Cindy Milstein – Educating For Freedom

Some notes and the audio from Cindy Milstein’s presentation Nov.8th at the Unschooling Oppression conference (November 2007)

Audio (2+hrs, first half is talk, second half is Q&A) files link

Educate/ion/ing for Freedom

Summary by Greg Macdougall, Nov 10 2007

She talked about how she wasn’t sure if the title of her talk should be ‘Education for Freedom’, or ‘Educate’ or even ‘Educating’

Some of the reasons she gave for why education is important:
– education shatters assumptions / how we understand the present … it tells us, ‘it hasn’t always been this way’ .. especially it has the potential to shatter forms of domination
– it helps us understand the world, and the ways in which we want to change it
– opens our minds to other possibilities beyond hegemonies
– creates constant vigilance, makes us think through what we’re doing

She thinks that if people gave as much effort, time and investment into alternative forms of education as they do into post-secondary graduate work, we would have a vibrant community of alternative education happening

Errico Malatesta was cited as an anarchist who did things: trying to ferment change through militant acts,but also through writing and articulating another way(s) .. very inspiring to her

She cited libraries as possibly another structure for a new type of school or learning environment – fixed hours, lots of resources, a help desk in case you can’t figure out for yourself what it is you need .. an addition would be more places to lounge and to create spaces for dialogue

She listed three main types of anarchist projects centred around education:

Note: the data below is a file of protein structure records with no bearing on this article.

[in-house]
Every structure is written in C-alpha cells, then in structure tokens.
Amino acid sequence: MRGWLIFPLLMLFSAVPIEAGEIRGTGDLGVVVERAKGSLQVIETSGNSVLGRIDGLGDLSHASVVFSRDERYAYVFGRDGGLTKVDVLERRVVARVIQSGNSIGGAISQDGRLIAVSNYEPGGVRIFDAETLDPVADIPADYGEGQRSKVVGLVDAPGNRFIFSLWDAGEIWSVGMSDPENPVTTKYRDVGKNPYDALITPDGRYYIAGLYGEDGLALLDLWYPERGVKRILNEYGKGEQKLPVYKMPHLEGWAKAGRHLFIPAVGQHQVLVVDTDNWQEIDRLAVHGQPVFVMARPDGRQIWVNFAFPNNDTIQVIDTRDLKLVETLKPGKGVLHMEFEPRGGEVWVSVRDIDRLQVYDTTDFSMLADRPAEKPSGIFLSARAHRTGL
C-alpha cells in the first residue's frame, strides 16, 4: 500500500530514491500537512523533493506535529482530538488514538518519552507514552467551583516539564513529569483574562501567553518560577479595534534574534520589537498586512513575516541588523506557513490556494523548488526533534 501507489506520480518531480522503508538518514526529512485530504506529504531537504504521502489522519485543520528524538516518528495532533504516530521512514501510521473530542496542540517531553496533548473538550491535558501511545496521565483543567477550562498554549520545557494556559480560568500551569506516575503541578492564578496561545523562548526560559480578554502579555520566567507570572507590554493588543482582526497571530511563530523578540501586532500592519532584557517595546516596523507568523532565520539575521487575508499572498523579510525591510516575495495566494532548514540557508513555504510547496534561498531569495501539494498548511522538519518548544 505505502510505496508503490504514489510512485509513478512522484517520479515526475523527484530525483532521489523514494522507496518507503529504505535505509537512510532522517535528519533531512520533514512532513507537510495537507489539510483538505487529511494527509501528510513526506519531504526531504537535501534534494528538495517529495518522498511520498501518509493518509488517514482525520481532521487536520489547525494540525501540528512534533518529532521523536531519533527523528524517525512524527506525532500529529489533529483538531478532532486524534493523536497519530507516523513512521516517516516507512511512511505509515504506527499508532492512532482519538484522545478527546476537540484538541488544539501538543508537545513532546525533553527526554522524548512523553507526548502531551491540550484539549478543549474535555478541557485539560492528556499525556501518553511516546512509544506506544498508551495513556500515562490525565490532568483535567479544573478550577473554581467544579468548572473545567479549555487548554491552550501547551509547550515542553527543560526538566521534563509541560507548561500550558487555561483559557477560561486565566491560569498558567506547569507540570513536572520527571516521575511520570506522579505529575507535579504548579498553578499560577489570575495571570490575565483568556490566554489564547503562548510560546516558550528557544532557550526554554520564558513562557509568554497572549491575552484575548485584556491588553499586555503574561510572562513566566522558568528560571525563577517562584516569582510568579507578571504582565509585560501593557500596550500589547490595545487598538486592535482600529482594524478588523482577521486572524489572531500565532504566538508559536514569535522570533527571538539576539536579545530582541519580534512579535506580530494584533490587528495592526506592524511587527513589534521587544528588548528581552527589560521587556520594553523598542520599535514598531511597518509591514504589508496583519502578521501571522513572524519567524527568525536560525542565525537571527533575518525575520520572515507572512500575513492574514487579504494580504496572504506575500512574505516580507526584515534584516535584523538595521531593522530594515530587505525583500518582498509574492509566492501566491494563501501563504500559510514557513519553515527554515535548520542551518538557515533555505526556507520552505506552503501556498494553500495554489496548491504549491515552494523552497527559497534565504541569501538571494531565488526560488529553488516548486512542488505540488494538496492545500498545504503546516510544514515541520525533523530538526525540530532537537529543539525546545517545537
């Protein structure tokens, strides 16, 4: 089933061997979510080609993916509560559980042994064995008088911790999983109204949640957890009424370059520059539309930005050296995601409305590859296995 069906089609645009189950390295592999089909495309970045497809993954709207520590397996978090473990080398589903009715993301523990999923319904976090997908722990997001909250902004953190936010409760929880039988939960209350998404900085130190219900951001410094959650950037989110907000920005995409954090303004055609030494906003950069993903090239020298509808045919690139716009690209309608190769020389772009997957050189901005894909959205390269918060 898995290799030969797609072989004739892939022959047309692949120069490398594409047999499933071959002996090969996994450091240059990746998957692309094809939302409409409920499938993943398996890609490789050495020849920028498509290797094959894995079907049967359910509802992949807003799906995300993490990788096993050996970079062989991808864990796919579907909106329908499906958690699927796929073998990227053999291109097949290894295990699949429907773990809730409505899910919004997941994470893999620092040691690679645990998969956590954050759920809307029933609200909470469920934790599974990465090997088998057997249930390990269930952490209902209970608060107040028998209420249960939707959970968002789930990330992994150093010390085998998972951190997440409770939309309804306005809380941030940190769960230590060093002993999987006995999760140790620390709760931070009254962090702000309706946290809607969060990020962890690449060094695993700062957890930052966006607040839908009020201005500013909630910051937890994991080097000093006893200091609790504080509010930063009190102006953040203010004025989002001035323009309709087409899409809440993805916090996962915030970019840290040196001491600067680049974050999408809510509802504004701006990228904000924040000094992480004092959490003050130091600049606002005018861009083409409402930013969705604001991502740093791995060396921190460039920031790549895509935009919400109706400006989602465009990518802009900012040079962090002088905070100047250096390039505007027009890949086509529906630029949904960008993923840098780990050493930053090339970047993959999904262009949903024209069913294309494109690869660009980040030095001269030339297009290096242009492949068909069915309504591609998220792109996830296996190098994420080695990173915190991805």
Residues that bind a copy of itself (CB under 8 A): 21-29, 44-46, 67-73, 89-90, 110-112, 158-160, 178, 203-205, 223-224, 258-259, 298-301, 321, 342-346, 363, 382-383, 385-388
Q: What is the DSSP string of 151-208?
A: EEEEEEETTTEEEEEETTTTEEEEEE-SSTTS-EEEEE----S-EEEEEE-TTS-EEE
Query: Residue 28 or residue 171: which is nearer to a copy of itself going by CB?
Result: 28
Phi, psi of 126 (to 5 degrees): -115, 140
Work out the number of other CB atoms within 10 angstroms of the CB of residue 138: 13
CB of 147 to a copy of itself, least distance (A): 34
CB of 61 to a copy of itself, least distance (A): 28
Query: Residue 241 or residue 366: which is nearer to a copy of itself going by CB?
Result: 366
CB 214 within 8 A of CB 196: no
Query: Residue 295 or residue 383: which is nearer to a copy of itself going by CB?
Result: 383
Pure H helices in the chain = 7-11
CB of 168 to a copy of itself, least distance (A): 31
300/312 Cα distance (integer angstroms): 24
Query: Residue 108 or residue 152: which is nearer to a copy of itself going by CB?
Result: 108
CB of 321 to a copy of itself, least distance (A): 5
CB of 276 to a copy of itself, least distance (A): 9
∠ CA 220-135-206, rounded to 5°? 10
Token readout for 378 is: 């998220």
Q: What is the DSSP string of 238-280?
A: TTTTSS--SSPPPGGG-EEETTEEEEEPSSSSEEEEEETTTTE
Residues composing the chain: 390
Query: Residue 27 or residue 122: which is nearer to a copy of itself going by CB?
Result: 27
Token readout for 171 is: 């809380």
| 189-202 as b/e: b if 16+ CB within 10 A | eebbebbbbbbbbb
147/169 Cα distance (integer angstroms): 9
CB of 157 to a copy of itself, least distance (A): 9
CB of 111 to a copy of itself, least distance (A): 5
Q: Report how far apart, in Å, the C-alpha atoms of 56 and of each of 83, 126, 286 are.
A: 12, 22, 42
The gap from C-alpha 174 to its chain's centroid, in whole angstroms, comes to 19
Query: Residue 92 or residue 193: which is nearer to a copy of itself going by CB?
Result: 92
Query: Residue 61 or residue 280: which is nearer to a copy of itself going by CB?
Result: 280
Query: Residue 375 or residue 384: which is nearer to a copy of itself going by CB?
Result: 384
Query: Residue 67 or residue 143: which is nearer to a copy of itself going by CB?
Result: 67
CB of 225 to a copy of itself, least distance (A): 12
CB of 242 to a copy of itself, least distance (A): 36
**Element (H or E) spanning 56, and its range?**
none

– having dialgoue and producing propaganda (speeches, essays, magazines, books)
– skillshares and free schools
– bookstores and infoshops

She also cited three types/levels of educational spaces that we should aim for:

– creating your own spaces for education, which would be like a group of friends who meet together to study, learn, and exchange ideas … this could also include inviting authors in which you’re interested to come and participate in your group (pool $$ for transportation, etc) and also includes the spaces where you can direct others who are interested in learning about specific things (with reading lists, etc)

– non-hierarchal institutions or larger educational spaces that allow for overlap of the smaller spaces/groups … examples here included the ‘Institute for Social Ecology’, described as anarchist summer school, and the non-physically-based ‘Institute for Anarchist Studies’ … these are things that people can find and plug into

– bigger spaces/movements .. examples were the Situationists (Guy Debord etc) and the Zapatistas

An important thing noted was to take yourself seriously, and to take everyone else seriously … also the need for mentorship

We want to create intentional spaces for lifelong learning, both for yourself and for others…

Questions included a different interpretation of what Malatesta was about, discussion on whether ‘education’ or ‘action’ is more effective, the notion and labeling of ‘anarchist’, ‘anarchism’, and ‘anarchy’, and more

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